This is a lecture from a ‘hero’ of mine that I highly recommend listening to for those in search of truth and honesty in art and beyond.
I like film. So much so that I’d say, after music, the audio-visual medium has been the next most influential medium on my personal and artistic life.
I believe due to it’s form and multi-media nature it has the ability to convey certain themes and ideas with a clarity and directness that music and the visual arts by nature can not.
Film, also seems to bring out the fanboy in me. I have two well known film-based fascination. One is with cult Japanese animation studio Studio Ghibli, who have crafted cinematic masterpieces such as Spirited Away and Princess Mononoke- the latter to which I based a suite of music off for my final recital (which an excerpt of can be found on this site). It wouldn’t be the first time I’ve sung praise of Studio Ghibli on this site but man, their films are so real, warm and transportive and still wrapped up in this package of overwhelming auditory and visual beauty. All their best characters transcend the good/evil polarity and are all flawed humans, just like all of us, with wilful and honest sides to their stories. There are no baddies, only people.
My other film fascination is with against-the-mould L.A. screenwriter Charlie Kaufman, penman of films such as Eternal Sunshine of a Spotless Mind, Being John Malkovich, Adaption as well as writer and director of my (tied) favourite film Synecdoche, New York.
In my mind, directors Mizyaki and Takahata of Studio Ghibli and Charlie Kaufman are both artists in the truest sense of the word. Their finest work are some of the most engrossing, transportive, inspiring, thought-provoking and honest pieces of art I’ve had the pleasure to lay eyes and ears on. I am always pondering how to translate what I love most in their films into the music I want to make and the way I improvise.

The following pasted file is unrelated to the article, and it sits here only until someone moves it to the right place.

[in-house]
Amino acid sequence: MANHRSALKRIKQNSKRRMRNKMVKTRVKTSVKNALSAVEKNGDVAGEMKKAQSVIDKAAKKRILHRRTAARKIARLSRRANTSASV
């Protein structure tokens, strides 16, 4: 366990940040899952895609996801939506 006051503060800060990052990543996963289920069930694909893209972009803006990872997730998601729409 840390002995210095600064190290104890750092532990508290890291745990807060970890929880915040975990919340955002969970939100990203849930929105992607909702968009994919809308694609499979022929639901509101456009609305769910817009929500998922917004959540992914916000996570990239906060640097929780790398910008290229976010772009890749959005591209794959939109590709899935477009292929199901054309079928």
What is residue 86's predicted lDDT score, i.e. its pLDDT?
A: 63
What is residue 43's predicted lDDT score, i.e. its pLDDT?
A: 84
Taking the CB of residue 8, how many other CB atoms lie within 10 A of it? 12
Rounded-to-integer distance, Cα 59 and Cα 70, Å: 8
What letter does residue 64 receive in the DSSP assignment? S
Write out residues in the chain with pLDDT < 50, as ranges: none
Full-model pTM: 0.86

Man, I remember the first time I watched Synecdoche, New York. As the film faded out to grey this existential wash took hold of me. I remember staring at my screen in a complete daze as the credits rolled questioning everything I knew. It truly scrambled my brain. It’s still one of the most potent reactions to a piece of art I’ve had.
After watching the rest of Kaufman’s oeuvre, as well as smacking out to S.N.Y. another half a dozen times, I came to find that what I enjoyed in his screenplays were thematic in all his writing: that is, his honest portrayal of the human condition with all it’s nasty Jungian shadow-of-the-self-style flaws. Akin to my description of Ghibli above.
Having watched all his films and wanting to delve deeper still into Kaufman’s mind, I hunted down some podcasts he’s been featured on and came across a ‘screenwriter’s lecture’ he gave for the British Academy of Film and Television Arts (BAFTA) in 2011. Listening to it I was pretty blown away. It’s pretty much his scripts filtered into a personal exposition. His opening line being a case in point:
“Thank you very much. I’m actually really happy to be here; at least that’s what I’m telling myself. I’ve never delivered a speech before, which is why I decided to do this tonight. I wanted to do something that I don’t know how to do, and offer you the experience of watching someone fumble, because I think maybe that’s what art should offer. An opportunity to recognise our common humanity and vulnerability.”
And well, that sets the tone for the lecture: him selling the idea (to both himself and the audience) of the quest to become reflexive of our individual and collective vulnerabilities and to create art that muses and reflects them. The first half of the lecture is littered with gems in that general vicinity.
As so much as giving a synopsis of the speech, I implore you to sample the first 10-15 minutes. Heaps of nuggety goodness right from the start. I will say that it ends with a Q&A which I didn’t find quite as insightful but hey, worth a listen nonetheless.
In recent posts there seems to have become a trend of me selling the value of honesty and truth in art. Vulnerability too. I feel this lecture focuses in on those things and sells that idea in a far greater way than I can at this point in my life.
There is also a transcript for those who prefer to read but in this case I would suggest listening to experience his inflection and tone.
photo taken from: http://www.bfi.org.uk/films-tv-people/sites/bfi.org.uk.films-tv-people/files/image/20110930-bafta-bfi-screenwriters-lecture-series-charlie-kaufman-16×9.jpg